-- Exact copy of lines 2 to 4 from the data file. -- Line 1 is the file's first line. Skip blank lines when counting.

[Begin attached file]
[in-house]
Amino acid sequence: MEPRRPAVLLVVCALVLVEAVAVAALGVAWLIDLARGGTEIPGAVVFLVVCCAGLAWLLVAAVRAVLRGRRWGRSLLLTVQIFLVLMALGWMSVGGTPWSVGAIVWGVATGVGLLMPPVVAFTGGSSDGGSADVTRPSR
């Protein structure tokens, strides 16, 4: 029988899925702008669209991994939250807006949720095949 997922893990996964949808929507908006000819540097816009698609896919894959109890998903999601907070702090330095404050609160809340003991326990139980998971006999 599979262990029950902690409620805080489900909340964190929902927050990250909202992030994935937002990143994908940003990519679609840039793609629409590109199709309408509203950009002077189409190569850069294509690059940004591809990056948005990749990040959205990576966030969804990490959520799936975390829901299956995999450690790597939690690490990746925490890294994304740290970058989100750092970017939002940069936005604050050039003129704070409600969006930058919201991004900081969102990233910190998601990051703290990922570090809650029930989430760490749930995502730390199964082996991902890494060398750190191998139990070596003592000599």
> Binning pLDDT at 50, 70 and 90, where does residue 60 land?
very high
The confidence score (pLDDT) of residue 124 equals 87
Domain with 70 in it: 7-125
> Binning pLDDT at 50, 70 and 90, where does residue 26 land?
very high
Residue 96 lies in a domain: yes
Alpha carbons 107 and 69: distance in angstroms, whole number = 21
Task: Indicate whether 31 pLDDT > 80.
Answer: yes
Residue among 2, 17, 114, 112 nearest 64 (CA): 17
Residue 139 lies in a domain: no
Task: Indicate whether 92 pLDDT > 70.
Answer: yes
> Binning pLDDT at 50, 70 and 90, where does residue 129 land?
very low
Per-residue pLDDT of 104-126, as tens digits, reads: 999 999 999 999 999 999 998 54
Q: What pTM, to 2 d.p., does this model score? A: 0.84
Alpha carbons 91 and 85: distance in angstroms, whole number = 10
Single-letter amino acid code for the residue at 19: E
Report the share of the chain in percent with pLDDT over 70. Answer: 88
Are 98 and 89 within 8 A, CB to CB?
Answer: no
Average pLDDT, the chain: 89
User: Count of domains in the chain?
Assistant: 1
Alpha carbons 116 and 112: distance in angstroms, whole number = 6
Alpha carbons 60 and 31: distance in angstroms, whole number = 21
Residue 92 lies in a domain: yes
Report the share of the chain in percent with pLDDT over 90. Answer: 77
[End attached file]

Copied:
Amino acid sequence: MEPRRPAVLLVVCALVLVEAVAVAALGVAWLIDLARGGTEIPGAVVFLVVCCAGLAWLLVAAVRAVLRGRRWGRSLLLTVQIFLVLMALGWMSVGGTPWSVGAIVWGVATGVGLLMPPVVAFTGGSSDGGSADVTRPSR
């Protein structure tokens, strides 16, 4: 029988899925702008669209991994939250807006949720095949 997922893990996964949808929507908006000819540097816009698609896919894959109890998903999601907070702090330095404050609160809340003991326990139980998971006999 599979262990029950902690409620805080489900909340964190929902927050990250909202992030994935937002990143994908940003990519679609840039793609629409590109199709309408509203950009002077189409190569850069294509690059940004591809990056948005990749990040959205990576966030969804990490959520799936975390829901299956995999450690790597939690690490990746925490890294994304740290970058989100750092970017939002940069936005604050050039003129704070409600969006930058919201991004900081969102990233910190998601990051703290990922570090809650029930989430760490749930995502730390199964082996991902890494060398750190191998139990070596003592000599």
> Binning pLDDT at 50, 70 and 90, where does residue 60 land?